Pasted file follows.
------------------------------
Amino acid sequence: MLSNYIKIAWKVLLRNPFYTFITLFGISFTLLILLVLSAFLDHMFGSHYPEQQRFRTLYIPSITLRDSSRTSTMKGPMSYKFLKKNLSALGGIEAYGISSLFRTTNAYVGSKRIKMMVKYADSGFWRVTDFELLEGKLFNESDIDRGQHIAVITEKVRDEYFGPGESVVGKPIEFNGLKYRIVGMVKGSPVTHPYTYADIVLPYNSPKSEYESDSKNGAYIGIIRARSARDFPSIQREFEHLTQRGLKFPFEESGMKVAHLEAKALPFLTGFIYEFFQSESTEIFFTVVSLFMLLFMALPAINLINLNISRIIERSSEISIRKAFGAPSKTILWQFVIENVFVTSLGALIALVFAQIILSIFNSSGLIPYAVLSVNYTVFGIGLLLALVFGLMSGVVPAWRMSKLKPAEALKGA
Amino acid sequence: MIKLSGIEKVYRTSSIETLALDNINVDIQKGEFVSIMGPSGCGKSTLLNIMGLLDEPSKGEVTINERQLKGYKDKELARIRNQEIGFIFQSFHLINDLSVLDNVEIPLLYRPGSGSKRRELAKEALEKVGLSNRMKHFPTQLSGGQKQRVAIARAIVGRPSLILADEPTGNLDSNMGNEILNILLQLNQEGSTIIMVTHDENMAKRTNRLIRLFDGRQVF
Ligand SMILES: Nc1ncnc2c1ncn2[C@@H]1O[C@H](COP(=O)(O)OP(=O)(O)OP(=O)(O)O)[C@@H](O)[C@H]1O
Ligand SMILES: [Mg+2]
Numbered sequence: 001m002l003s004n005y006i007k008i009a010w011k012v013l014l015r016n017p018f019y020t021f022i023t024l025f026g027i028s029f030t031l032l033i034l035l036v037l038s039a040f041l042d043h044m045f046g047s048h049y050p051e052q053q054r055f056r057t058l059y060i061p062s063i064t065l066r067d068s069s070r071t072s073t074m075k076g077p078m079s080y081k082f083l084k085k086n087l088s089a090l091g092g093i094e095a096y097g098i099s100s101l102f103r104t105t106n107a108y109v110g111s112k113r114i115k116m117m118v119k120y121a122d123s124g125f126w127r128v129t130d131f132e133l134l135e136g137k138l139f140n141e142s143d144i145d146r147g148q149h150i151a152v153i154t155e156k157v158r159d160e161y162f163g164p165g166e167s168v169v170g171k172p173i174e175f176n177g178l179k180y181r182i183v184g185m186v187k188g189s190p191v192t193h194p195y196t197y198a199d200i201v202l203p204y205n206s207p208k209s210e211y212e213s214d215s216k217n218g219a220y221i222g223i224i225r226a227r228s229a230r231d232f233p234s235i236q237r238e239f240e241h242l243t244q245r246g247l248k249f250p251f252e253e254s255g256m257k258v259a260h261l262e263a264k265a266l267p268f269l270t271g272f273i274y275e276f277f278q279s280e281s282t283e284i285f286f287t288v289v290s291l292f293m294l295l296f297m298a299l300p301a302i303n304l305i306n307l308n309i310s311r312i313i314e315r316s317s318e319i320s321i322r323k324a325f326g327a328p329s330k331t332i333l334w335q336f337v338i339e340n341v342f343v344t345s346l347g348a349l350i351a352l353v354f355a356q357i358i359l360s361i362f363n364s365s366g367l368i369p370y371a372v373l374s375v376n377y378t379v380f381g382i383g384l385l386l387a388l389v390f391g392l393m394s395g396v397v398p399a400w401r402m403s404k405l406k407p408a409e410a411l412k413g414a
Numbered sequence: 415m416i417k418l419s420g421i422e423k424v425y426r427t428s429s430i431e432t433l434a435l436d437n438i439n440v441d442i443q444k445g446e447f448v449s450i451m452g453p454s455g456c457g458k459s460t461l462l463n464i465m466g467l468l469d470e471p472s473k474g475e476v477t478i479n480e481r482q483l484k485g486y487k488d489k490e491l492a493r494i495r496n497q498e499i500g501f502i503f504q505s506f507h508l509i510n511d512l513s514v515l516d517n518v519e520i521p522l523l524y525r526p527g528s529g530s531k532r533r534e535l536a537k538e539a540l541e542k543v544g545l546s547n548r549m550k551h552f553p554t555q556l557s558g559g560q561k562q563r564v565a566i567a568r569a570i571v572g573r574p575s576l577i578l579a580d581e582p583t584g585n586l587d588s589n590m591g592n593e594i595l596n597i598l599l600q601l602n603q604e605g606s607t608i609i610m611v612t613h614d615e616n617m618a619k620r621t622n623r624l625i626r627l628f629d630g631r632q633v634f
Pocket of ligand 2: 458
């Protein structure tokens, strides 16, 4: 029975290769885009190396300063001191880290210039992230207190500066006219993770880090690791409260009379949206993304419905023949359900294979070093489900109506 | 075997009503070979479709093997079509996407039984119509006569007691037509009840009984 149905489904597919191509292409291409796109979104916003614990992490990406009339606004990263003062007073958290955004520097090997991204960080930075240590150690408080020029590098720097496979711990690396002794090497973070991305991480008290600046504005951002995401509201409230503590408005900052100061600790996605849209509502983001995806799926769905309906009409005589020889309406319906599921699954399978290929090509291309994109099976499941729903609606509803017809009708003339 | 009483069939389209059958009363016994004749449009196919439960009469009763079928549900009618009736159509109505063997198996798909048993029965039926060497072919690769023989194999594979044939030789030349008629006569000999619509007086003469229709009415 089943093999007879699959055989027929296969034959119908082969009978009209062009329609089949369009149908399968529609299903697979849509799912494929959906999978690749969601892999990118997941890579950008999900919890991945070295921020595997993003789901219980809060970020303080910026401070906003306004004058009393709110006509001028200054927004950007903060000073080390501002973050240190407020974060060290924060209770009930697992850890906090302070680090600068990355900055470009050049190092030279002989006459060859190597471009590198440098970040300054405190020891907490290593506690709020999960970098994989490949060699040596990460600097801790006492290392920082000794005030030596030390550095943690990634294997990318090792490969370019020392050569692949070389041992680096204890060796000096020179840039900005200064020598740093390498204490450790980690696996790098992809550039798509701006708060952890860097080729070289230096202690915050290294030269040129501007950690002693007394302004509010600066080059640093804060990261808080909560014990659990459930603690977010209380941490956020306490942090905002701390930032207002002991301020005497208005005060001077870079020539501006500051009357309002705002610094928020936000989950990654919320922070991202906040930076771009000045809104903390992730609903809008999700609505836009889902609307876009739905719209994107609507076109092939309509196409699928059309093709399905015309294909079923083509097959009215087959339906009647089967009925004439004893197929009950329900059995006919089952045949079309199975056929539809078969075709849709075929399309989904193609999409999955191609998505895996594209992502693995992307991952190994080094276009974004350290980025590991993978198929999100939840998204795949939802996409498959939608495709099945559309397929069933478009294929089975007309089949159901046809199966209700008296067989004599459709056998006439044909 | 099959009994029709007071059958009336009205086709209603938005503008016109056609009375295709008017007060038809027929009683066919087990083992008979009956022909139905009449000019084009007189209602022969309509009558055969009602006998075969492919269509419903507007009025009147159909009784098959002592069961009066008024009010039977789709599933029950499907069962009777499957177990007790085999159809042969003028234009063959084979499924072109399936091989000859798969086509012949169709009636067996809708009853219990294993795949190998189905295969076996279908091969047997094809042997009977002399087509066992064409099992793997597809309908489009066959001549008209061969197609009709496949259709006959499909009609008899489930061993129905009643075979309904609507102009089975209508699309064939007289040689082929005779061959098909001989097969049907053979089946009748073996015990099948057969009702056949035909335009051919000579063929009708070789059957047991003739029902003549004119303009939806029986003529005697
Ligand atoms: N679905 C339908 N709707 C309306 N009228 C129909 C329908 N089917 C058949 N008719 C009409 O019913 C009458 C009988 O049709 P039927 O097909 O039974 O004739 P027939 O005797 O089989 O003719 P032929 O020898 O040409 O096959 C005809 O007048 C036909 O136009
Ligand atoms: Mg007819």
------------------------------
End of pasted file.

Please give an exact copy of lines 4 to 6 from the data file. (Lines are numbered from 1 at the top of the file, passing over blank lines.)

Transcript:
Ligand SMILES: [Mg+2]
Numbered sequence: 001m002l003s004n005y006i007k008i009a010w011k012v013l014l015r016n017p018f019y020t021f022i023t024l025f026g027i028s029f030t031l032l033i034l035l036v037l038s039a040f041l042d043h044m045f046g047s048h049y050p051e052q053q054r055f056r057t058l059y060i061p062s063i064t065l066r067d068s069s070r071t072s073t074m075k076g077p078m079s080y081k082f083l084k085k086n087l088s089a090l091g092g093i094e095a096y097g098i099s100s101l102f103r104t105t106n107a108y109v110g111s112k113r114i115k116m117m118v119k120y121a122d123s124g125f126w127r128v129t130d131f132e133l134l135e136g137k138l139f140n141e142s143d144i145d146r147g148q149h150i151a152v153i154t155e156k157v158r159d160e161y162f163g164p165g166e167s168v169v170g171k172p173i174e175f176n177g178l179k180y181r182i183v184g185m186v187k188g189s190p191v192t193h194p195y196t197y198a199d200i201v202l203p204y205n206s207p208k209s210e211y212e213s214d215s216k217n218g219a220y221i222g223i224i225r226a227r228s229a230r231d232f233p234s235i236q237r238e239f240e241h242l243t244q245r246g247l248k249f250p251f252e253e254s255g256m257k258v259a260h261l262e263a264k265a266l267p268f269l270t271g272f273i274y275e276f277f278q279s280e281s282t283e284i285f286f287t288v289v290s291l292f293m294l295l296f297m298a299l300p301a302i303n304l305i306n307l308n309i310s311r312i313i314e315r316s317s318e319i320s321i322r323k324a325f326g327a328p329s330k331t332i333l334w335q336f337v338i339e340n341v342f343v344t345s346l347g348a349l350i351a352l353v354f355a356q357i358i359l360s361i362f363n364s365s366g367l368i369p370y371a372v373l374s375v376n377y378t379v380f381g382i383g384l385l386l387a388l389v390f391g392l393m394s395g396v397v398p399a400w401r402m403s404k405l406k407p408a409e410a411l412k413g414a
Numbered sequence: 415m416i417k418l419s420g421i422e423k424v425y426r427t428s429s430i431e432t433l434a435l436d437n438i439n440v441d442i443q444k445g446e447f448v449s450i451m452g453p454s455g456c457g458k459s460t461l462l463n464i465m466g467l468l469d470e471p472s473k474g475e476v477t478i479n480e481r482q483l484k485g486y487k488d489k490e491l492a493r494i495r496n497q498e499i500g501f502i503f504q505s506f507h508l509i510n511d512l513s514v515l516d517n518v519e520i521p522l523l524y525r526p527g528s529g530s531k532r533r534e535l536a537k538e539a540l541e542k543v544g545l546s547n548r549m550k551h552f553p554t555q556l557s558g559g560q561k562q563r564v565a566i567a568r569a570i571v572g573r574p575s576l577i578l579a580d581e582p583t584g585n586l587d588s589n590m591g592n593e594i595l596n597i598l599l600q601l602n603q604e605g606s607t608i609i610m611v612t613h614d615e616n617m618a619k620r621t622n623r624l625i626r627l628f629d630g631r632q633v634f